You know what they say about the Fast and Furious franchise: When you’re here, you’re family. Actually, they say that about Olive Garden, but please, nobody tell Vin Diesel. Today (Friday, June 25) sees the ninth installment of the Fast saga hit theaters after multiple delays due to COVID. Meaning us fans of men and women who fight in tights get our glimpse of John Cena in his most significant role to date.
As Jakob Toretto, Cena is officially “family,” a very different path than anyone with a brain saw coming when he was doing flicks like The Marine and 12 Rounds. So with that in mind, it feels appropriate to take a little tour down memory lane and look at the three performances that put John Cena in a position to be in F9 and altered his career.
Let’s start with 2015’s Trainwreck. This was, at the time, Cena’s first foray into significant Hollywood filmmaking. Written by Amy Schumer, directed by Judd Apatow, and starring Schumer, Bill Hader, Brie Larson, Tilda Swinton, and a hilarious LeBron James, Cena needed to come correct. John shined by playing a stereotypical version of himself, a man obsessed with his looks, the gym, and harboring some serious emotional issues. Nevertheless, Cena knows how to hit every note perfectly and holds his own with some of the funniest people in movies.
Trainwreck let the world know he could do more than play the big action hero with muscles on top of muscles. The former Mr. Nicki Bella’s ability to make fun of himself and display a sensitivity not afforded to his in-ring persona makes his role, albeit brief, very memorable.
And not for nothing, but unlike The Rock, Cena’s first opportunity to sit at the big kid’s table didn’t involve awful CGI and actually gave him speaking lines. Just saying.
Most wrestlers who transition into acting get typecast in action movies. Either as good guys or villains, that’s their lane until someone who writes checks says otherwise. It’s only when they show a little personality, not necessarily range, that other roles fall into their laps. Cena played it smart in 2015 with parts in not only Trainwreck but also Sisters. Sisters starred Tina Fey, Amy Poehler, Maya Rudolph, John Leguizamo, and freaking James Brolin. Clearly, John Cena is a man who aims high.
Continuing his break from his WWE alter-ego, Cena played Pazuzu, a drug dealer named after the damn demon from The Exorcist. Sisters showcases Cena’s ability to handle absurd comedy with a straight face as Fey and Poehler bring a different style of comedy than Schumer and Apatow. John sells this reality where a man of his size is not only a drug dealer but the inventor of the fleshlight and a savvy investor. The dude kills each line, but nothing hits like his answer when he’s asked if he has kids.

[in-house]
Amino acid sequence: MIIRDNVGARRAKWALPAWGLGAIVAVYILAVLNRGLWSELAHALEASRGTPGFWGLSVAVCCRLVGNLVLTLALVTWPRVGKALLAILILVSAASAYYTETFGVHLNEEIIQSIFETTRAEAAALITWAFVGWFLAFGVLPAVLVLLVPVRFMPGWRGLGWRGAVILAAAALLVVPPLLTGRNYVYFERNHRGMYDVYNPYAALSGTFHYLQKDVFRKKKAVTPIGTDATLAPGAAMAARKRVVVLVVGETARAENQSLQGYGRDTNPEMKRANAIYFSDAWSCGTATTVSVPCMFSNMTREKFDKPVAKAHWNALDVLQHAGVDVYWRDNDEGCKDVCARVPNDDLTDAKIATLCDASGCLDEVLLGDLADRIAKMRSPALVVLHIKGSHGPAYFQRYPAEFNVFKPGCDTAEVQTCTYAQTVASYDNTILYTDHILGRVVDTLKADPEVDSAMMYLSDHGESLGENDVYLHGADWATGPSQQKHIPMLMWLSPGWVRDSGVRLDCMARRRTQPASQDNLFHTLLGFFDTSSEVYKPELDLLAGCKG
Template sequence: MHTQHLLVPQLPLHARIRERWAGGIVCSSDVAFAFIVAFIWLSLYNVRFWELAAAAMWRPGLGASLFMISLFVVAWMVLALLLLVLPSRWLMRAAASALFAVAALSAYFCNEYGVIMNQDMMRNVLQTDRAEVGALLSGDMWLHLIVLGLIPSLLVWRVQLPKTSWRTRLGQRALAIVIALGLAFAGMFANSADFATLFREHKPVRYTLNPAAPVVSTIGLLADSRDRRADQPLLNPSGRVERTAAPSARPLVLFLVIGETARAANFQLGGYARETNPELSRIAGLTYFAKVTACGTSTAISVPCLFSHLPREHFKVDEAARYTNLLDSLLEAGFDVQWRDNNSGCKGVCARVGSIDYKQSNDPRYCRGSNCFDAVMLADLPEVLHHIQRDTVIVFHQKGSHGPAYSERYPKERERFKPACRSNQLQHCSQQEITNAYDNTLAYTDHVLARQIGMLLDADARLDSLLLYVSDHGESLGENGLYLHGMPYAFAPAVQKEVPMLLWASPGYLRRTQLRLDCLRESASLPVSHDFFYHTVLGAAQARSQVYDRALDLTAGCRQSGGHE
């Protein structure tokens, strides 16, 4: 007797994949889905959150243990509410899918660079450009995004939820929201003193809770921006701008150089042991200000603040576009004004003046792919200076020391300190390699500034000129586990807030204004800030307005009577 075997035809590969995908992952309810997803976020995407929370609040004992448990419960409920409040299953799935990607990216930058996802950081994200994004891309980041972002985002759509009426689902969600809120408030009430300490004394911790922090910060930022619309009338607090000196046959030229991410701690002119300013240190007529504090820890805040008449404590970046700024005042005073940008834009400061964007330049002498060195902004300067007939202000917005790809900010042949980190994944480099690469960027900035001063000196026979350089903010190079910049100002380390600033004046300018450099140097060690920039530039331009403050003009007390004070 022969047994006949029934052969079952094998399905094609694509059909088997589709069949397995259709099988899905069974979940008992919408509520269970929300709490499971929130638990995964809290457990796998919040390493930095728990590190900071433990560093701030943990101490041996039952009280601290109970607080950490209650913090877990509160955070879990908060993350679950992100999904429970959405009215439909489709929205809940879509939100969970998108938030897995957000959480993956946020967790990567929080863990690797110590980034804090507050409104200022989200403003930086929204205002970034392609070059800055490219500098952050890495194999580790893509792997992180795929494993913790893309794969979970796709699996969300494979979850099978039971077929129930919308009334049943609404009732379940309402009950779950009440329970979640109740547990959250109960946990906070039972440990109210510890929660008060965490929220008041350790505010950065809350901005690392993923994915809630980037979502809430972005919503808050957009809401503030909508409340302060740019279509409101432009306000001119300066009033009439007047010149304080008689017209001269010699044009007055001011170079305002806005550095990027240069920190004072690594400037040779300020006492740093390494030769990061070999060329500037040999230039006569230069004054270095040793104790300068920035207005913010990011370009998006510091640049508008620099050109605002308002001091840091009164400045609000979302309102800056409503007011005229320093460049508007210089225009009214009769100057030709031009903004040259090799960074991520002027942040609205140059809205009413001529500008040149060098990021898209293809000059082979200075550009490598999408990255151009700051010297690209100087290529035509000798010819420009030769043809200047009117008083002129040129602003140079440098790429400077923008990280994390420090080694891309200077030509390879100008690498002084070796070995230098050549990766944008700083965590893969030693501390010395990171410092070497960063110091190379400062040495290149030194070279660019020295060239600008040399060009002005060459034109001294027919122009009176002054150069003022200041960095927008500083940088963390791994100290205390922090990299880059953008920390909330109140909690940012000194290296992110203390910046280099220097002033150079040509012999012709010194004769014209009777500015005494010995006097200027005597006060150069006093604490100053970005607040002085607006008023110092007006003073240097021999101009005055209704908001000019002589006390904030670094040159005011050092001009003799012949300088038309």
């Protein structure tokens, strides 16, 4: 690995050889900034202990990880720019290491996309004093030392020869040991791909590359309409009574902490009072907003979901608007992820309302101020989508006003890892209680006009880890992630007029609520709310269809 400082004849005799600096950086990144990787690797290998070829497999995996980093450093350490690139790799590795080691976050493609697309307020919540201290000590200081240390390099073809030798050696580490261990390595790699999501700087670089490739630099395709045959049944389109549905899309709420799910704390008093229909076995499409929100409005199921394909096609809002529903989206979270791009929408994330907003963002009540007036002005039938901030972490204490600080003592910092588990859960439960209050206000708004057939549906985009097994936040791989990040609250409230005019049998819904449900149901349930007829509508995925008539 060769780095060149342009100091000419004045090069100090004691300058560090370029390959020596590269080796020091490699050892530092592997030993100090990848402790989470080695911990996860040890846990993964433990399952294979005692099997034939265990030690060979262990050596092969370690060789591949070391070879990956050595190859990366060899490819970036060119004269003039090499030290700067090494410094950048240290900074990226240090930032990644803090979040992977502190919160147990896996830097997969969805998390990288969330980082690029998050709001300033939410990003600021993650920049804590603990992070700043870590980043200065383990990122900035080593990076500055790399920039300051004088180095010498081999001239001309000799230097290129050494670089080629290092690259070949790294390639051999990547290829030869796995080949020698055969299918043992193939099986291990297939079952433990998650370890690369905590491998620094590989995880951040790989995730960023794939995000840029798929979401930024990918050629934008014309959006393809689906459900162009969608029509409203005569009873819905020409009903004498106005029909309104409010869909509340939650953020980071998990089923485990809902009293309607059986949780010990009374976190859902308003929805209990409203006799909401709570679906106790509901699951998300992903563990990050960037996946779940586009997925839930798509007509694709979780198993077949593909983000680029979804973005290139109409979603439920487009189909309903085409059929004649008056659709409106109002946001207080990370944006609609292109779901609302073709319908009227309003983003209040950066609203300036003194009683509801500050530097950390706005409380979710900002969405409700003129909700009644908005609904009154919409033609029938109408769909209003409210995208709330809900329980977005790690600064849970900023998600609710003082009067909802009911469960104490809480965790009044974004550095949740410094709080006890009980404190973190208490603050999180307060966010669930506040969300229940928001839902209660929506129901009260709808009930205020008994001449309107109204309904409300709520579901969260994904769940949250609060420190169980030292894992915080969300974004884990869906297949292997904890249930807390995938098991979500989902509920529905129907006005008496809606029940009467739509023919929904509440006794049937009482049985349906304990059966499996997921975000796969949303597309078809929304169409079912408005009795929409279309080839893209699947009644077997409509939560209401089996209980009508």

I’m. Sure. I. Do.
With that slight pause, body language, and monotone delivery, Cena tells us everything we need to know about Pazuzu. Seriously, that name?
Regardless of how ridiculous they get, the Fast and the Furious flicks come equipped with a lot of heart. These characters love each other and genuinely believe in that f-word. So any addition to that universe, especially a long-lost Toretto, needs to know how to convey warmth and heartfelt commitment. Enter 2018’s Blockers, a flick where the first-ballot WWE Hall of Fame wrestler played a sweet, overbearing dad wedded to his fanny pack. Once again playing the straight man, Cena shines going against type.
As Mitchell, he’s relatable to any parent struggling with the fact their kid is growing up but also gets to be the clueless dad who has no idea what that eggplant emoji means. His chemistry with Leslie Mann and Ike Barinholtz, two comedy movie vets, makes the movie. Once again, John proves he can hang with the big dogs and even outshine them from time to time. Plus, there’s this scene that proved to be prophetic.
Maybe one day we’ll see if he can handle more dramatic roles, but the man is carving out a nice lane for himself in the world of comedy and now action. With Peacemaker right around the corner, Cena’s next rodeo in WWE may very well be his last.
His time is now.